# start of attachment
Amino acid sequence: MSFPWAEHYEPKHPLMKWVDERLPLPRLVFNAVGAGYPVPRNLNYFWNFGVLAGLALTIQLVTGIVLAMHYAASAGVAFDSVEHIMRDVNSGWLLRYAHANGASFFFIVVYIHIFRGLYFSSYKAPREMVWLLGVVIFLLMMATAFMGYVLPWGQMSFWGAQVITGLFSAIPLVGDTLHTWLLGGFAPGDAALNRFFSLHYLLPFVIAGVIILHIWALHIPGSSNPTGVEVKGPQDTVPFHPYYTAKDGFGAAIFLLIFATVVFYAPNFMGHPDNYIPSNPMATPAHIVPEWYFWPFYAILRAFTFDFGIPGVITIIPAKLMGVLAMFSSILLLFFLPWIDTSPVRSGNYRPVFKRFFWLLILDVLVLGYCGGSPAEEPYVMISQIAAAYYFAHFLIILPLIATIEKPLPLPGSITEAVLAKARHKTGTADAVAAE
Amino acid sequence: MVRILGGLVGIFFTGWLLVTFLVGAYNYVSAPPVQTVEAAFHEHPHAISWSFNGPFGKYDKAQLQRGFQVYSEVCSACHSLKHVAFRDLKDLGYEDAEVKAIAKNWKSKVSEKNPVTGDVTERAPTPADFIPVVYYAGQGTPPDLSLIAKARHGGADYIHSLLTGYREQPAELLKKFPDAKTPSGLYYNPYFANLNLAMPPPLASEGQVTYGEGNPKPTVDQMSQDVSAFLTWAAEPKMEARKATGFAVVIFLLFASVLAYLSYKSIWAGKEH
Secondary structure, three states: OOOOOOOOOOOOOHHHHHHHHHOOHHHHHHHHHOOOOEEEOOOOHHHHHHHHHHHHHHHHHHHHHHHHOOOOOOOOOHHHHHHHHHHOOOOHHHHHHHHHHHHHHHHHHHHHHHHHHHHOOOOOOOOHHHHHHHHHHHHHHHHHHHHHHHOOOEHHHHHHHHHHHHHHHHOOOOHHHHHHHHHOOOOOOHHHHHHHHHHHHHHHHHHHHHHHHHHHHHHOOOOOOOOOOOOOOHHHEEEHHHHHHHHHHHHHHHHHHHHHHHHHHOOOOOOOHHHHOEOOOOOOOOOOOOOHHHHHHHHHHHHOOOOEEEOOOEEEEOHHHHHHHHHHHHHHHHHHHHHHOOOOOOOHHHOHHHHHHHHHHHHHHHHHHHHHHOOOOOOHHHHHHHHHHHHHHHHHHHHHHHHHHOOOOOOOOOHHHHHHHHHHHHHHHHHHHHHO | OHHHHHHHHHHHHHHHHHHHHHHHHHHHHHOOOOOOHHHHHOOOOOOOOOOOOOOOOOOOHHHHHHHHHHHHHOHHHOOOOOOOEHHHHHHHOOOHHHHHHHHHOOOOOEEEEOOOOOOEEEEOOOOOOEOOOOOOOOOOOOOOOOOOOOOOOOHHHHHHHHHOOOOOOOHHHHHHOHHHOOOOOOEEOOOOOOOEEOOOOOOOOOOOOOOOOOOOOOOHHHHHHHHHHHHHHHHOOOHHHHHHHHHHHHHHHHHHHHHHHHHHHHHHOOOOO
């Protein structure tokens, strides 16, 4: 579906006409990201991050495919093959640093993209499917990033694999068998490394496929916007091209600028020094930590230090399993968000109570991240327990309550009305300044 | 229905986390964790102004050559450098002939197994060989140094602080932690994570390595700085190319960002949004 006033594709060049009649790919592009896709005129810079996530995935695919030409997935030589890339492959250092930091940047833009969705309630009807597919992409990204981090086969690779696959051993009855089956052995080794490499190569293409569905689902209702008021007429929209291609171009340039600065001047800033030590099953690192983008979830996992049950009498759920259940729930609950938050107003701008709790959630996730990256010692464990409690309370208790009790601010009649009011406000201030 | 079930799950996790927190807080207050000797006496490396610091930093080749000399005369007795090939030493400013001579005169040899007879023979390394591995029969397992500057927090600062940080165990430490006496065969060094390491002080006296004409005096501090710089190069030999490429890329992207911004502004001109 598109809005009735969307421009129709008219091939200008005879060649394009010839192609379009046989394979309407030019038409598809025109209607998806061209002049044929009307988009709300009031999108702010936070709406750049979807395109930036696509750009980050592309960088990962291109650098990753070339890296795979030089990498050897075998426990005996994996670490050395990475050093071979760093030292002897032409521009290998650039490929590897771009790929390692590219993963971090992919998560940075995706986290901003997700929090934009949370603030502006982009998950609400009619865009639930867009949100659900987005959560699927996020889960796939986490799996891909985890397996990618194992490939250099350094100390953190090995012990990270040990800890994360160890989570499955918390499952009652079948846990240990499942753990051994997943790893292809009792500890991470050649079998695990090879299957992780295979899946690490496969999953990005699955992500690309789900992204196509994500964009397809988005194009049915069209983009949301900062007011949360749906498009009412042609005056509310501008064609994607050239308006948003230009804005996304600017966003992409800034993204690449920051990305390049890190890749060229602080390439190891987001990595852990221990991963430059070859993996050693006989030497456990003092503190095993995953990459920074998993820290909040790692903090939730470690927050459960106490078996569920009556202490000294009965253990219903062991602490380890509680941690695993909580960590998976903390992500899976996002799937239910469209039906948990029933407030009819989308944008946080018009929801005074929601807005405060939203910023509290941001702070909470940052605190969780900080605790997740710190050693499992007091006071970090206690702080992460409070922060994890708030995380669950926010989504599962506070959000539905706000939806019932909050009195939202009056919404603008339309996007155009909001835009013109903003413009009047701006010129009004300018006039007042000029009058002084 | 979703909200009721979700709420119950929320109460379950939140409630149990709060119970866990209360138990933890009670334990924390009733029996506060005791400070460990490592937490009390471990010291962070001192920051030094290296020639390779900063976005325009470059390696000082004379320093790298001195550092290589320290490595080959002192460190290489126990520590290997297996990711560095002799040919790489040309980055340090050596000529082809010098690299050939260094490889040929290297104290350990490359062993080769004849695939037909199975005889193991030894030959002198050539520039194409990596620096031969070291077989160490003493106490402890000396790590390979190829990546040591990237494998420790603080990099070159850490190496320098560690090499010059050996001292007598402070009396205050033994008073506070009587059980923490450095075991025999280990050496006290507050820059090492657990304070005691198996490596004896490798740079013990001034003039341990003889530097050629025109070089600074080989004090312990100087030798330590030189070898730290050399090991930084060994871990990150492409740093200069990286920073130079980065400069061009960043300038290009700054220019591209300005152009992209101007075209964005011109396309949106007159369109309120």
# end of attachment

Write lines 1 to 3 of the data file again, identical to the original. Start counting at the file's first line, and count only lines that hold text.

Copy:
Amino acid sequence: MSFPWAEHYEPKHPLMKWVDERLPLPRLVFNAVGAGYPVPRNLNYFWNFGVLAGLALTIQLVTGIVLAMHYAASAGVAFDSVEHIMRDVNSGWLLRYAHANGASFFFIVVYIHIFRGLYFSSYKAPREMVWLLGVVIFLLMMATAFMGYVLPWGQMSFWGAQVITGLFSAIPLVGDTLHTWLLGGFAPGDAALNRFFSLHYLLPFVIAGVIILHIWALHIPGSSNPTGVEVKGPQDTVPFHPYYTAKDGFGAAIFLLIFATVVFYAPNFMGHPDNYIPSNPMATPAHIVPEWYFWPFYAILRAFTFDFGIPGVITIIPAKLMGVLAMFSSILLLFFLPWIDTSPVRSGNYRPVFKRFFWLLILDVLVLGYCGGSPAEEPYVMISQIAAAYYFAHFLIILPLIATIEKPLPLPGSITEAVLAKARHKTGTADAVAAE
Amino acid sequence: MVRILGGLVGIFFTGWLLVTFLVGAYNYVSAPPVQTVEAAFHEHPHAISWSFNGPFGKYDKAQLQRGFQVYSEVCSACHSLKHVAFRDLKDLGYEDAEVKAIAKNWKSKVSEKNPVTGDVTERAPTPADFIPVVYYAGQGTPPDLSLIAKARHGGADYIHSLLTGYREQPAELLKKFPDAKTPSGLYYNPYFANLNLAMPPPLASEGQVTYGEGNPKPTVDQMSQDVSAFLTWAAEPKMEARKATGFAVVIFLLFASVLAYLSYKSIWAGKEH
Secondary structure, three states: OOOOOOOOOOOOOHHHHHHHHHOOHHHHHHHHHOOOOEEEOOOOHHHHHHHHHHHHHHHHHHHHHHHHOOOOOOOOOHHHHHHHHHHOOOOHHHHHHHHHHHHHHHHHHHHHHHHHHHHOOOOOOOOHHHHHHHHHHHHHHHHHHHHHHHOOOEHHHHHHHHHHHHHHHHOOOOHHHHHHHHHOOOOOOHHHHHHHHHHHHHHHHHHHHHHHHHHHHHHOOOOOOOOOOOOOOHHHEEEHHHHHHHHHHHHHHHHHHHHHHHHHHOOOOOOOHHHHOEOOOOOOOOOOOOOHHHHHHHHHHHHOOOOEEEOOOEEEEOHHHHHHHHHHHHHHHHHHHHHHOOOOOOOHHHOHHHHHHHHHHHHHHHHHHHHHHOOOOOOHHHHHHHHHHHHHHHHHHHHHHHHHHOOOOOOOOOHHHHHHHHHHHHHHHHHHHHHO | OHHHHHHHHHHHHHHHHHHHHHHHHHHHHHOOOOOOHHHHHOOOOOOOOOOOOOOOOOOOHHHHHHHHHHHHHOHHHOOOOOOOEHHHHHHHOOOHHHHHHHHHOOOOOEEEEOOOOOOEEEEOOOOOOEOOOOOOOOOOOOOOOOOOOOOOOOHHHHHHHHHOOOOOOOHHHHHHOHHHOOOOOOEEOOOOOOOEEOOOOOOOOOOOOOOOOOOOOOOHHHHHHHHHHHHHHHHOOOHHHHHHHHHHHHHHHHHHHHHHHHHHHHHHOOOOO